A Suitable Boy Review

A Suitable Boy Review

Celebrated director, Mira Nair takes you back to the post-partition India with the story of Vikram Seth’s drama-crammed novel A Suitable Boy.

It’s a saga between four families consisting of Mehras, Khans, Kapoors and Chatterjees. All the families have a different story going for them, and all those stories are tightened by marriage and family values. Mehras are looking for a suitable boy for Lata (Tanya Maniktala), Kapoors’ younger son Maan Kapoor (Ishaan Khatter) finds his suitable girl in courtesan Saeeda Bai (Tabu), Chatterjees & Khans get interconnected with both of the above families as the story progresses.

Tanya Maniktala is the best thing which has happened to the show. She is illuminating! An example of perfect casting. I knew from the casting that Ishaan Khatter will shine and he doesn’t disappoint. Tabu’s character Saeeda Bai holds equal importance. Tabu holds every trait that was required to pray Saeeda Bai. Ram Kapoor is subtle throughout and shares great chemistry in his scenes with Ishaan. Namit Das does a commendable job as the suitable boy of the show.  Mikhail Sen handles his role with impeccable charm. Pairing Vijay Varma and Vijay Raaz’s character together also remains an underrated masterstroke by the makers. Both of them retain the excellency of their usual brilliant skills.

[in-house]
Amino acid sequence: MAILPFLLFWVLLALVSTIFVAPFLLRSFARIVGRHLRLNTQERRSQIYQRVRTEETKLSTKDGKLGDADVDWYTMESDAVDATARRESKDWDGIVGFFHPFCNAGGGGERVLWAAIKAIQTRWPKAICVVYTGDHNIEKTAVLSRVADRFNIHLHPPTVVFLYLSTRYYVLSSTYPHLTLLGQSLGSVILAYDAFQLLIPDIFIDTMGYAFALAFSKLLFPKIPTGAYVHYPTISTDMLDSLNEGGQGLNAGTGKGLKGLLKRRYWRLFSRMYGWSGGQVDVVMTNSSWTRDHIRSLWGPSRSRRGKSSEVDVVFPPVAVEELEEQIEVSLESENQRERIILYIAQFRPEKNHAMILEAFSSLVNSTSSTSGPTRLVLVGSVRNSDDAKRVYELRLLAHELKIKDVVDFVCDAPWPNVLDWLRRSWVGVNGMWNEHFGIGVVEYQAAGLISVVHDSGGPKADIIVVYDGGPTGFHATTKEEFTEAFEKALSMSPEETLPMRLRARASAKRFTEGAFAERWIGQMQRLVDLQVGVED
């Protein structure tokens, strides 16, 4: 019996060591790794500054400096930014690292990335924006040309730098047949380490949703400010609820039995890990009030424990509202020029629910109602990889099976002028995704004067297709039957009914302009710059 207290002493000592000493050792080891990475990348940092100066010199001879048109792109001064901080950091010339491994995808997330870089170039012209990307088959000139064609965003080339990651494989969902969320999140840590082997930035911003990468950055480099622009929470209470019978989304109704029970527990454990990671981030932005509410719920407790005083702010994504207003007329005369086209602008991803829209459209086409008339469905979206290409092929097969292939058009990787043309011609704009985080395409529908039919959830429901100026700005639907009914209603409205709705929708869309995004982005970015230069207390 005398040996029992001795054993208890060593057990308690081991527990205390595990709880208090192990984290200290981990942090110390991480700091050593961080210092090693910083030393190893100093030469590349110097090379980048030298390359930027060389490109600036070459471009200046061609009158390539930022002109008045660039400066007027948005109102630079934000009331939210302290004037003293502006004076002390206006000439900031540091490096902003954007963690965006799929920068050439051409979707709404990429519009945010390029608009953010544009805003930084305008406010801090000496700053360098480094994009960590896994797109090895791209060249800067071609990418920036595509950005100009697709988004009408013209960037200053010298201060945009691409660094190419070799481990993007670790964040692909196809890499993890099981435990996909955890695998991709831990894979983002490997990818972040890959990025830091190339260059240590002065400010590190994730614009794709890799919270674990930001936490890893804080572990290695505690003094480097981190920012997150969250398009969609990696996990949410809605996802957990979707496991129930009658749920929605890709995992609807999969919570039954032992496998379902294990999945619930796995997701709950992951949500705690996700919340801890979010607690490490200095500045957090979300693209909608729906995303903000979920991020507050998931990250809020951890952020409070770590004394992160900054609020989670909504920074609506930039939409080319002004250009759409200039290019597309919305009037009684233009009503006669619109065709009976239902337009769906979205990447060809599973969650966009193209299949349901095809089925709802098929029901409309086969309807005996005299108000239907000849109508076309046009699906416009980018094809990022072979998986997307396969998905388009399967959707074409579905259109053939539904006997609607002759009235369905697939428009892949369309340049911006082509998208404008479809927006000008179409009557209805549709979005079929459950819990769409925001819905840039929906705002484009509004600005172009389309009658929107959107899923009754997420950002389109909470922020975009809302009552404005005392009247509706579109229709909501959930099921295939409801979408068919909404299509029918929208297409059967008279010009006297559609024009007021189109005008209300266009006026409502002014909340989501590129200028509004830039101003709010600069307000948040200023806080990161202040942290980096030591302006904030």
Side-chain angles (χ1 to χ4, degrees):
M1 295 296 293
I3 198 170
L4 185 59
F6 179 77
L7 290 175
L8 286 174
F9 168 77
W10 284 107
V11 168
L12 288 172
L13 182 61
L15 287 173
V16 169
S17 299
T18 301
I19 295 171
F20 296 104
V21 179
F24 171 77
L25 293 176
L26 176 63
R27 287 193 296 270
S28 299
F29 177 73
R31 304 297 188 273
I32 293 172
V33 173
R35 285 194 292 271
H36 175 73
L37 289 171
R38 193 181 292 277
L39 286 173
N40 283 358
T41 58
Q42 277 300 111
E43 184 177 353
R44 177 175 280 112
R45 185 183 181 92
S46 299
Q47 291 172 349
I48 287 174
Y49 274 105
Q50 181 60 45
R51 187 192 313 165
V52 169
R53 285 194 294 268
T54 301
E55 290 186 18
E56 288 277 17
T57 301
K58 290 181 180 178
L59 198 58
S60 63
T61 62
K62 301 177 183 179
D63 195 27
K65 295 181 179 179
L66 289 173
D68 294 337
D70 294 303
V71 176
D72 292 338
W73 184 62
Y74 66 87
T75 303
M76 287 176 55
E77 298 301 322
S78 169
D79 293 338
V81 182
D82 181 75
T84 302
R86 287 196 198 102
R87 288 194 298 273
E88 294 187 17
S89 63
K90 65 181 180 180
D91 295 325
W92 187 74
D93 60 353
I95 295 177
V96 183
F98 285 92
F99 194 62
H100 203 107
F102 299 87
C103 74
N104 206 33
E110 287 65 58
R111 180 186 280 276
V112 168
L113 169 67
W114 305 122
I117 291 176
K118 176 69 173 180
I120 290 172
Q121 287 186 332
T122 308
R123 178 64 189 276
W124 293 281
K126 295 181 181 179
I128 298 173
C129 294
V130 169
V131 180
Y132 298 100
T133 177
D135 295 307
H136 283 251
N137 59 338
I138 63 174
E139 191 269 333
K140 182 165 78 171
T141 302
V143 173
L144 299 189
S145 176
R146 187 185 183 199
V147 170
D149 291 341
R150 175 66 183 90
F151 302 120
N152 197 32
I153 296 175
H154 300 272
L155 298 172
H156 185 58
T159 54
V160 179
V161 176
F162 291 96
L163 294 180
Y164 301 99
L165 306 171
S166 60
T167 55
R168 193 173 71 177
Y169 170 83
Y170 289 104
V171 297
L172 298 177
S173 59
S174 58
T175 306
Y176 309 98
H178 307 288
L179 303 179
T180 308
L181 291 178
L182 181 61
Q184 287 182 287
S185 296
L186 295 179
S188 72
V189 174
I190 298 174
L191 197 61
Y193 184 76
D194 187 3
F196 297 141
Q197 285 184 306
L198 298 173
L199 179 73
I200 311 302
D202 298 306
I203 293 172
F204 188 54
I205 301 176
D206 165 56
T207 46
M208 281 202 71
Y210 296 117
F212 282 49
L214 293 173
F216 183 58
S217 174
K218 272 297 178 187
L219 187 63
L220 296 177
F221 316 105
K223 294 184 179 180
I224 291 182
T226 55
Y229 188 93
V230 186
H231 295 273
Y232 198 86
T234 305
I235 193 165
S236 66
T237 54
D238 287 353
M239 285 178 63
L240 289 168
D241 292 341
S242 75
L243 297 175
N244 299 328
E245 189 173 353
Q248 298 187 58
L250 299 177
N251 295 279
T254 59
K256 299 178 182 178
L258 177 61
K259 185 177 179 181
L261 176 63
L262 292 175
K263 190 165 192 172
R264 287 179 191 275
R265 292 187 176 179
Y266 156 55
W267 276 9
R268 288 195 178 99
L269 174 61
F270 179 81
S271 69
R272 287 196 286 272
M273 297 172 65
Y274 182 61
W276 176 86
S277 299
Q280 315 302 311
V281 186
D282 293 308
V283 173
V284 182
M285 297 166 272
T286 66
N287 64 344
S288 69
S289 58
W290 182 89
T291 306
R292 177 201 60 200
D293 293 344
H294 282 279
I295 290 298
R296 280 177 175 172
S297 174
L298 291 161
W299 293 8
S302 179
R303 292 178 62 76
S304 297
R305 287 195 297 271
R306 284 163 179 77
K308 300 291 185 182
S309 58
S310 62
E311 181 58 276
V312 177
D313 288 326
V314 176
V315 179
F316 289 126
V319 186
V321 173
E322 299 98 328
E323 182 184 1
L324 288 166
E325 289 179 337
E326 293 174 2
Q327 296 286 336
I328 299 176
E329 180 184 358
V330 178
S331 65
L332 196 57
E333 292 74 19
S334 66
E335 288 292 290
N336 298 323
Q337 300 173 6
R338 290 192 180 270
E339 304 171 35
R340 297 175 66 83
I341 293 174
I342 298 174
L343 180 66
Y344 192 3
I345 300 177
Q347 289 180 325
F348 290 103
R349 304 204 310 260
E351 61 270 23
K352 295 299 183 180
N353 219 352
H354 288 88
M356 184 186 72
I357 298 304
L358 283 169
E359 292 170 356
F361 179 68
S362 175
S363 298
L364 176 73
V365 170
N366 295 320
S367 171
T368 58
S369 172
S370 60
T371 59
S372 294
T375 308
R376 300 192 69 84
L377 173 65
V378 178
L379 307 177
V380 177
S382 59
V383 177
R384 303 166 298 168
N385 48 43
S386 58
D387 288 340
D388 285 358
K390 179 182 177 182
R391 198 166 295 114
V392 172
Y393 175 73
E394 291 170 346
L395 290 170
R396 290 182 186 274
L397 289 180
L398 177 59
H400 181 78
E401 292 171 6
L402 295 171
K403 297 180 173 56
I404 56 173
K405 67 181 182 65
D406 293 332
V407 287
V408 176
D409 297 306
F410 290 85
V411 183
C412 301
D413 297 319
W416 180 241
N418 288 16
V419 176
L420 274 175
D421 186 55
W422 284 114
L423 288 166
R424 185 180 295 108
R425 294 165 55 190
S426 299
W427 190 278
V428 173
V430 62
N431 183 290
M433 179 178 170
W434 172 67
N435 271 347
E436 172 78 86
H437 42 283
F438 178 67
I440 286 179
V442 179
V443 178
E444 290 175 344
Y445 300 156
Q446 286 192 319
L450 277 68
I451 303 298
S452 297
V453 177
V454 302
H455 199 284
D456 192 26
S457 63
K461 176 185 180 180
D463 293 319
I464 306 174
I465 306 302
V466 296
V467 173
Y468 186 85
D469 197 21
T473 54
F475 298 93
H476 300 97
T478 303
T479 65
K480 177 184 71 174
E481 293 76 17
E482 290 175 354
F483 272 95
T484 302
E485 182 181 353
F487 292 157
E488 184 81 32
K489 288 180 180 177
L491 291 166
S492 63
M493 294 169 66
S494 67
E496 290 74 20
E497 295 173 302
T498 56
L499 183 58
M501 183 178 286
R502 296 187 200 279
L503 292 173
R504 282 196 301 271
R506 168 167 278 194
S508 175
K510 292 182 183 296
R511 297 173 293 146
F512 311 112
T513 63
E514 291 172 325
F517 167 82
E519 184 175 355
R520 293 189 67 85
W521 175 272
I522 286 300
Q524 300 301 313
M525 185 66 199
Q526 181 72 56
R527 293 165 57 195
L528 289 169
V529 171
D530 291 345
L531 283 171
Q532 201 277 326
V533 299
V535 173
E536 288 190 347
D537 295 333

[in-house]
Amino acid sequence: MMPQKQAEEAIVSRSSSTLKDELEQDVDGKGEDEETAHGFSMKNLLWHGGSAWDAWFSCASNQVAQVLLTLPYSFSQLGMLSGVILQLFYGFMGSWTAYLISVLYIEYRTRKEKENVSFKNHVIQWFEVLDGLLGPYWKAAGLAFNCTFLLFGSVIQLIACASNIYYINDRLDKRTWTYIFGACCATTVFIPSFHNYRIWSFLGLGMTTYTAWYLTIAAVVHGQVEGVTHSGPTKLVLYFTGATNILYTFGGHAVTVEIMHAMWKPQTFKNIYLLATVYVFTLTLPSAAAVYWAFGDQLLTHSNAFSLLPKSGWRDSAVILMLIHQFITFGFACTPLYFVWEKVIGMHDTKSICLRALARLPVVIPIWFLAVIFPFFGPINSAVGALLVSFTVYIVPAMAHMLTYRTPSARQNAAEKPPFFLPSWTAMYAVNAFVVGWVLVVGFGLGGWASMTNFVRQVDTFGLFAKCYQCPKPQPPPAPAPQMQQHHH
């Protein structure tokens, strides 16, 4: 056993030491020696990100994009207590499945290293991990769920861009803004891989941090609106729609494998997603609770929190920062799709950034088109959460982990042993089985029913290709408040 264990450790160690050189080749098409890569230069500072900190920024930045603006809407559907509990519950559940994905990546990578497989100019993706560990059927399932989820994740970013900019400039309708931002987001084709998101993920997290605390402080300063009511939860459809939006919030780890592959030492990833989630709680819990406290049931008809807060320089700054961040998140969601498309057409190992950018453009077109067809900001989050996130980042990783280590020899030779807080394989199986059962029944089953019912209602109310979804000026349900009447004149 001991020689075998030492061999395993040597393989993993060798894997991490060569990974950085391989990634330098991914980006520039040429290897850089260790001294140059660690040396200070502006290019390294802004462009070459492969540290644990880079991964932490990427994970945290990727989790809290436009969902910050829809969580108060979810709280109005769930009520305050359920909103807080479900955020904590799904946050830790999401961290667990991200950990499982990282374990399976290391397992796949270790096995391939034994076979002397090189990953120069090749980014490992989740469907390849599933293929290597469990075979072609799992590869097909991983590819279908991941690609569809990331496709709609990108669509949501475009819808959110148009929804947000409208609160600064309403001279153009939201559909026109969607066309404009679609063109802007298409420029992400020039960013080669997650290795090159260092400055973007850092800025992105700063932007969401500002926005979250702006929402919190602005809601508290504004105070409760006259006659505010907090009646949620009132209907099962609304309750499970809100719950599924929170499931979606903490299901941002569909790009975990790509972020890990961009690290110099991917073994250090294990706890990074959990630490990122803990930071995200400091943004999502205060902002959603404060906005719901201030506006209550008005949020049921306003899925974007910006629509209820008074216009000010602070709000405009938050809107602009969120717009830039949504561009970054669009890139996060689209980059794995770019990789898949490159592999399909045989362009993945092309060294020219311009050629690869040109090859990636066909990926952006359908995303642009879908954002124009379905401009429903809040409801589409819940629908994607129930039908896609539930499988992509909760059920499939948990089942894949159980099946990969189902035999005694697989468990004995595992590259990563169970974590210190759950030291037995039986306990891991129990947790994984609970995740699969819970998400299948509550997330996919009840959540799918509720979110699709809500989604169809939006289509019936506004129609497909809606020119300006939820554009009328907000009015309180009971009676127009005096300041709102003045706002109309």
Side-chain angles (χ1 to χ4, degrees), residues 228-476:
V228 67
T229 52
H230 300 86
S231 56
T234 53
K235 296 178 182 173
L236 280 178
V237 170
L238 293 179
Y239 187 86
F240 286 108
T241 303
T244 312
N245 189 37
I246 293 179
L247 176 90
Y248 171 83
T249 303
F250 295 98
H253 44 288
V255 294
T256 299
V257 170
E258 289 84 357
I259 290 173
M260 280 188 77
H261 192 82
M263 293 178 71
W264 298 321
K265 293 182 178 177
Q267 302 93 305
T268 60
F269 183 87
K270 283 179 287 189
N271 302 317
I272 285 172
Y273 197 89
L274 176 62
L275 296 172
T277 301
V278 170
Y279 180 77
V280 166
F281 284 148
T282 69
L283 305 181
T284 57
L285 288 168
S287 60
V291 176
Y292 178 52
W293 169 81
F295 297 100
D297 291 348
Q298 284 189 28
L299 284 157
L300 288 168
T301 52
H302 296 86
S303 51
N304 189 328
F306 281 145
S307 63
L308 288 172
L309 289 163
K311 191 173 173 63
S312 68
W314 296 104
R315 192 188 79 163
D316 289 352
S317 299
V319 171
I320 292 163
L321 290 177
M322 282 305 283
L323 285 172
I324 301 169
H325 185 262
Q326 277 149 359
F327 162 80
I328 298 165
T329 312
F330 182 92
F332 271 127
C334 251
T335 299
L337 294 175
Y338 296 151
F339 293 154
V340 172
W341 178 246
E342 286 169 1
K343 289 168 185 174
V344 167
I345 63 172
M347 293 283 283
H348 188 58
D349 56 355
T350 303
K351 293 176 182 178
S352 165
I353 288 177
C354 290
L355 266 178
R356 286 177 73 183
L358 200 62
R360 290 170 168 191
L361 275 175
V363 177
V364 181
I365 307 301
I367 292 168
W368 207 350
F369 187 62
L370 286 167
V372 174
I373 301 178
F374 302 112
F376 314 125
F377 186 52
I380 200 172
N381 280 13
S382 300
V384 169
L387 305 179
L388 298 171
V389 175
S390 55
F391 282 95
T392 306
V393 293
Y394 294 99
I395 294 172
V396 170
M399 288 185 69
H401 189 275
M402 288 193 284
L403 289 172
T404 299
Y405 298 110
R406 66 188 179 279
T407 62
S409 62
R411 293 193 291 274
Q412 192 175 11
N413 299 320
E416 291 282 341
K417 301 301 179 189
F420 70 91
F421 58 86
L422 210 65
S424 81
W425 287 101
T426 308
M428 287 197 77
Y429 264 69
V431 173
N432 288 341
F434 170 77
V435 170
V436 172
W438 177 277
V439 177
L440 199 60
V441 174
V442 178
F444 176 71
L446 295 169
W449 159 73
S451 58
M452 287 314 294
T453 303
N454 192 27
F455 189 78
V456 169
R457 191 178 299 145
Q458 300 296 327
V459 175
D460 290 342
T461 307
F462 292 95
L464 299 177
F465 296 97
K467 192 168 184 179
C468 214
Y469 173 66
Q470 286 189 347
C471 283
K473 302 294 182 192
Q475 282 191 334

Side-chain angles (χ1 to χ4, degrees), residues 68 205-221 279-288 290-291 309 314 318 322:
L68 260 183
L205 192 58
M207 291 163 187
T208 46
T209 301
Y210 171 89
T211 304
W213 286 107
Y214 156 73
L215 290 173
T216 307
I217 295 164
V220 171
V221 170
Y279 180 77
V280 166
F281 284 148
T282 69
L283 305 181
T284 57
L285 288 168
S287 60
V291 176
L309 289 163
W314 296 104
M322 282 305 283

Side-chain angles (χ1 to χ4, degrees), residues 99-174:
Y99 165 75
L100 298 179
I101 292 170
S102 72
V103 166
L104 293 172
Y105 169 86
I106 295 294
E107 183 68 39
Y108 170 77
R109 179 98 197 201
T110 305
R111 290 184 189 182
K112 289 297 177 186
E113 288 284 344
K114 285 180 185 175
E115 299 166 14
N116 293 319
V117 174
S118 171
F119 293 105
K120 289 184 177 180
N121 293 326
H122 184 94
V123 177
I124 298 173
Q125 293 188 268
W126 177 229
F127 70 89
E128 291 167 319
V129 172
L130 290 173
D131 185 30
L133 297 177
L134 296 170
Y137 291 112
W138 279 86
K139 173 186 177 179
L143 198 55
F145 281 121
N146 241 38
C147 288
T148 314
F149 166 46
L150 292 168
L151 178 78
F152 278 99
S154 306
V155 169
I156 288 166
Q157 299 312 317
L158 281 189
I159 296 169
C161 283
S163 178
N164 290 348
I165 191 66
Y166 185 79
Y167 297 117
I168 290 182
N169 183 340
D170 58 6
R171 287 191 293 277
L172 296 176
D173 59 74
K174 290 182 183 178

Mahira Kakkar goes from great to super-melodramatic between scenes. Shahana Goswami and Randeep Hooda are underused due to scripting. The talents of Vivaan Shah,  Rasika Dugal, Sheeba Chaddha, Kulbhushan Kharbanda, Manoj Pahwa, Ranvir Shorey, unfortunately, remains underutilized.

Mira Nair gives a face to all the simply complicated characters conceived by Vikram Seth. She does a brilliant job at setting up the scene but falters a bit at managing too much in such a short span of episodes. Vikram’s novel demands detailing, and Mira brings a whole of it in her style. The scripting should have been carried out by an Indian writer to maintain the essence of the original text, whether you want it in English or Hindi, the scripting feels hollow.

Alex Heffes and Anoushka Shankar’s music featured within the transcript but could have been given more limelight based on the beauty of each composition.


Rating: 8/10



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